"I admit it," said Mr. Carnegie from his right. "It's wonderful, Mark, how names do slip one."
"Yes," said Mark Twain; "well I remember how your uncle got up on the end of that old stage coach at the Jordan ford and said he felt moved to speak. He said with tears in his voice how this was the Jordan, how yonder was the illimitable desert, over three hundred miles wide, over which Moses and his people had toiled for forty years to this spot - this spot hallowed in all history. And it was here that Jack interrupted and said: 'Moses who, uncle?' And your uncle said that it was Moses the poet, Moses the lawyer, the warrior, the guide who had guided his people for forty years over that three hundred miles of dreary sand.
"And," Mark Twain added, "your uncle always said that it wouldhave taken only thirty-six hours if they'd left out holidays."
Mr. Carnegie's speech made a real hit. He said in part:
"I wish I were young enough to be a fellow-student, but if you'll just count me in for tonight, I'll try to behave myself. all my life I've had this streak of Bohemianism in me. You can't tell how hard I tried to know Irving and dear old Joe Jefferson. I knew Bret Harte and Josh Billings - oh, Josh! Josh! - don't you young fellows thing for a moment that I'm not used to high society. But the dearest of all acquaintances, after I'd scraped and bowed to get it is - [his hand fell on Mark Twain's shoulder] - is Mark.
"It is a great thing to be able to say you have a friend like this. I remember how mad Josh Billings was because he did not meet Matthew Arnold when I received him at my house. However, he met him later, and I thought the apostle of sweetness and light would like to hear how Josh lectured and got his audiences.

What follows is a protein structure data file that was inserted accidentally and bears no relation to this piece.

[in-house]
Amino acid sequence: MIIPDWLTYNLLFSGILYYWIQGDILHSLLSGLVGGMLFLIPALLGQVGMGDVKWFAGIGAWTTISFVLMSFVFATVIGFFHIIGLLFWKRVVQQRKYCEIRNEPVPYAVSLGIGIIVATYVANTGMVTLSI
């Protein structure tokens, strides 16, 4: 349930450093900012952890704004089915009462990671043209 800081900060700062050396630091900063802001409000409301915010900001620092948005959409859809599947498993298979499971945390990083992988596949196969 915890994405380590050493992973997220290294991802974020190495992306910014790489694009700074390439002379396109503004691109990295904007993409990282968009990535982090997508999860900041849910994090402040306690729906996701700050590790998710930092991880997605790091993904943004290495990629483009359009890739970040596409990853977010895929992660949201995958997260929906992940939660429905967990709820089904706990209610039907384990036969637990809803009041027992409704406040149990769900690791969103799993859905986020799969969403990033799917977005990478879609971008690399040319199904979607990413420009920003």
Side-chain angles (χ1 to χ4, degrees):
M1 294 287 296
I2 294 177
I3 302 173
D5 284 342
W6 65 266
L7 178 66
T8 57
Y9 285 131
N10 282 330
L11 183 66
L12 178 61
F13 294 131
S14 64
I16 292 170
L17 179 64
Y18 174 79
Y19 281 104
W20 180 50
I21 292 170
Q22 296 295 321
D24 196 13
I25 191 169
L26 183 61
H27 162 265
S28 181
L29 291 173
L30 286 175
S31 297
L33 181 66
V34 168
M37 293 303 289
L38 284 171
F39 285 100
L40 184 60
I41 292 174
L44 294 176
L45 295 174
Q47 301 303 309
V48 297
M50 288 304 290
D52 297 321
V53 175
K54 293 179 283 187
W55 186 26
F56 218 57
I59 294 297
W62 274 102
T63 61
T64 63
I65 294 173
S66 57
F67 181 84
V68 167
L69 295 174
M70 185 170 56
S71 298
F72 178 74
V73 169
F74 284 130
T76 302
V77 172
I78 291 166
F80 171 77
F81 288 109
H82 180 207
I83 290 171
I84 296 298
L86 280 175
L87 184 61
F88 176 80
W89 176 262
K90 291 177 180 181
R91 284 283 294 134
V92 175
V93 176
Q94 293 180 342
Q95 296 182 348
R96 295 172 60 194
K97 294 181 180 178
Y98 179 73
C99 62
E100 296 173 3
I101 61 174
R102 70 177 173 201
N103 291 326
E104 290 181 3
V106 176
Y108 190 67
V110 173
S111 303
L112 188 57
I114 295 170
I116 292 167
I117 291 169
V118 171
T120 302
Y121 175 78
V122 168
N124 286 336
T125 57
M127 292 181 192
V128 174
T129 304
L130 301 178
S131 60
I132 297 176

" 'Well,' said Josh Billings, 'people want to know about the little things - all about them. If I told them the story of Jonah and the whale they'd want to know every detail. I told them all I knew, which was more'n the whale or Jonah ever knew; then they wanted to know what Jonah was doing in the whale's - society. It was society I started to speak about.
"But there's one literary mystery I want to see cleared up tonight!" said Mr. Carnegie. "It has been rumored that I am an author. I am. I will confess it now that I hold Mark Twain's affidavit - his signature - that I am the joint author of 'Pudd'nhead Wilson.' I can prove that the following passage was taken bodily from the lips of Andrew Carnegie:
" 'The fool saith in his heart: Do not put all your eggs in one basket.
" ' But the wise main exhorteth thus: Put all your eggs in one basket; then watch the basket.' -
"He took that from me!"
Mr. Carnegie sat down amid roars of laughter. He had outwitted Twain himself.
Other speakers of the evening were Rollo Ogden, editor of the Evening Post; Sir Purdon Clarke, and others. Sir Purdon spoke of "Dead Artists Whom Mark Twain May Have Influenced." He said that in England there were illustrated papers before there were illustrators and that they had been a disreputable lot - the illustrators - carefully making wood cuts from the old masters for the comic sheets and illustrating continued stories so that their employment had to last. He created much amusement.